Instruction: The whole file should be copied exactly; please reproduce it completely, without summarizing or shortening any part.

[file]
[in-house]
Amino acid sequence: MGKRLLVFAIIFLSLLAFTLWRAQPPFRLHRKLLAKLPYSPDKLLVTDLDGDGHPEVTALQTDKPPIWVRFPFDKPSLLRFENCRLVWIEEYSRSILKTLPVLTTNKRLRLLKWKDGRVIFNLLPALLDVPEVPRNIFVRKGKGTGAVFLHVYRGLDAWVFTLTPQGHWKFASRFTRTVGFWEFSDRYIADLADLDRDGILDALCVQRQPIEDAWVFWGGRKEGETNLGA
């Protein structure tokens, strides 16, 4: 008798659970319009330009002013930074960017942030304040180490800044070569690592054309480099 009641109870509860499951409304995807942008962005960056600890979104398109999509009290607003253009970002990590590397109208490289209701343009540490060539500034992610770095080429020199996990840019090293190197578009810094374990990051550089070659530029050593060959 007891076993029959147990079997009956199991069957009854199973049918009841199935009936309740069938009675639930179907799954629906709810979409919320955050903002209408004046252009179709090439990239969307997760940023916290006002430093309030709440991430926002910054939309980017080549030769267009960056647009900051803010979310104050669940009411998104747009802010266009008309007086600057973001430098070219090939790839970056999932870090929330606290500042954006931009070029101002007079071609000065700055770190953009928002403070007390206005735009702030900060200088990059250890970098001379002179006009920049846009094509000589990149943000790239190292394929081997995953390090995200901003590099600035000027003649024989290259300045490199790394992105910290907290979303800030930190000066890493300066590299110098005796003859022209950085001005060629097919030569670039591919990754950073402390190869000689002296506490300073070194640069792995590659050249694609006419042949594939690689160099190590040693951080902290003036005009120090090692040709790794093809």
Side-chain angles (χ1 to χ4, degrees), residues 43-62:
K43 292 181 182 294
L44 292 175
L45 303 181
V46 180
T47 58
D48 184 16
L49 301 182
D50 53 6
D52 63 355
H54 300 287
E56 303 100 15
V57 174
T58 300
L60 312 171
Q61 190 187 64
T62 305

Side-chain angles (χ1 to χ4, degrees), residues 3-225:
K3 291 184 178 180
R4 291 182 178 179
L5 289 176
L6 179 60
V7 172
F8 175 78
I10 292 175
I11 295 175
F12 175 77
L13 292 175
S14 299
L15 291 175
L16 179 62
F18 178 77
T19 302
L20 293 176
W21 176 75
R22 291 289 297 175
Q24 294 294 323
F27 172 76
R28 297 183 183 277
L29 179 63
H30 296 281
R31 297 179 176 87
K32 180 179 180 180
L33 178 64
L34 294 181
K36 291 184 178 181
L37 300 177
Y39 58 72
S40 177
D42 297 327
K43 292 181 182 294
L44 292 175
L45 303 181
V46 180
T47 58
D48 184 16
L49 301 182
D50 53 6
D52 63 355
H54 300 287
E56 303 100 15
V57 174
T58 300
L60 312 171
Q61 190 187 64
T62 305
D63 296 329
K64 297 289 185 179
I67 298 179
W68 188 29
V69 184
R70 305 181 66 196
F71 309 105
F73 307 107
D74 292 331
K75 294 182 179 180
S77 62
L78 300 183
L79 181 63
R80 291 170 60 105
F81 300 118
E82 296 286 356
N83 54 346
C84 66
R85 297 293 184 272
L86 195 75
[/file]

[in-house]
Amino acid sequence: MGKRLLVFAIIFLSLLAFTLWRAQPPFRLHRKLLAKLPYSPDKLLVTDLDGDGHPEVTALQTDKPPIWVRFPFDKPSLLRFENCRLVWIEEYSRSILKTLPVLTTNKRLRLLKWKDGRVIFNLLPALLDVPEVPRNIFVRKGKGTGAVFLHVYRGLDAWVFTLTPQGHWKFASRFTRTVGFWEFSDRYIADLADLDRDGILDALCVQRQPIEDAWVFWGGRKEGETNLGA
């Protein structure tokens, strides 16, 4: 008798659970319009330009002013930074960017942030304040180490800044070569690592054309480099 009641109870509860499951409304995807942008962005960056600890979104398109999509009290607003253009970002990590590397109208490289209701343009540490060539500034992610770095080429020199996990840019090293190197578009810094374990990051550089070659530029050593060959 007891076993029959147990079997009956199991069957009854199973049918009841199935009936309740069938009675639930179907799954629906709810979409919320955050903002209408004046252009179709090439990239969307997760940023916290006002430093309030709440991430926002910054939309980017080549030769267009960056647009900051803010979310104050669940009411998104747009802010266009008309007086600057973001430098070219090939790839970056999932870090929330606290500042954006931009070029101002007079071609000065700055770190953009928002403070007390206005735009702030900060200088990059250890970098001379002179006009920049846009094509000589990149943000790239190292394929081997995953390090995200901003590099600035000027003649024989290259300045490199790394992105910290907290979303800030930190000066890493300066590299110098005796003859022209950085001005060629097919030569670039591919990754950073402390190869000689002296506490300073070194640069792995590659050249694609006419042949594939690689160099190590040693951080902290003036005009120090090692040709790794093809």
Side-chain angles (χ1 to χ4, degrees), residues 43-62:
K43 292 181 182 294
L44 292 175
L45 303 181
V46 180
T47 58
D48 184 16
L49 301 182
D50 53 6
D52 63 355
H54 300 287
E56 303 100 15
V57 174
T58 300
L60 312 171
Q61 190 187 64
T62 305

Side-chain angles (χ1 to χ4, degrees), residues 3-225:
K3 291 184 178 180
R4 291 182 178 179
L5 289 176
L6 179 60
V7 172
F8 175 78
I10 292 175
I11 295 175
F12 175 77
L13 292 175
S14 299
L15 291 175
L16 179 62
F18 178 77
T19 302
L20 293 176
W21 176 75
R22 291 289 297 175
Q24 294 294 323
F27 172 76
R28 297 183 183 277
L29 179 63
H30 296 281
R31 297 179 176 87
K32 180 179 180 180
L33 178 64
L34 294 181
K36 291 184 178 181
L37 300 177
Y39 58 72
S40 177
D42 297 327
K43 292 181 182 294
L44 292 175
L45 303 181
V46 180
T47 58
D48 184 16
L49 301 182
D50 53 6
D52 63 355
H54 300 287
E56 303 100 15
V57 174
T58 300
L60 312 171
Q61 190 187 64
T62 305
D63 296 329
K64 297 289 185 179
I67 298 179
W68 188 29
V69 184
R70 305 181 66 196
F71 309 105
F73 307 107
D74 292 331
K75 294 182 179 180
S77 62
L78 300 183
L79 181 63
R80 291 170 60 105
F81 300 118
E82 296 286 356
N83 54 346
C84 66
R85 297 293 184 272
L86 195 75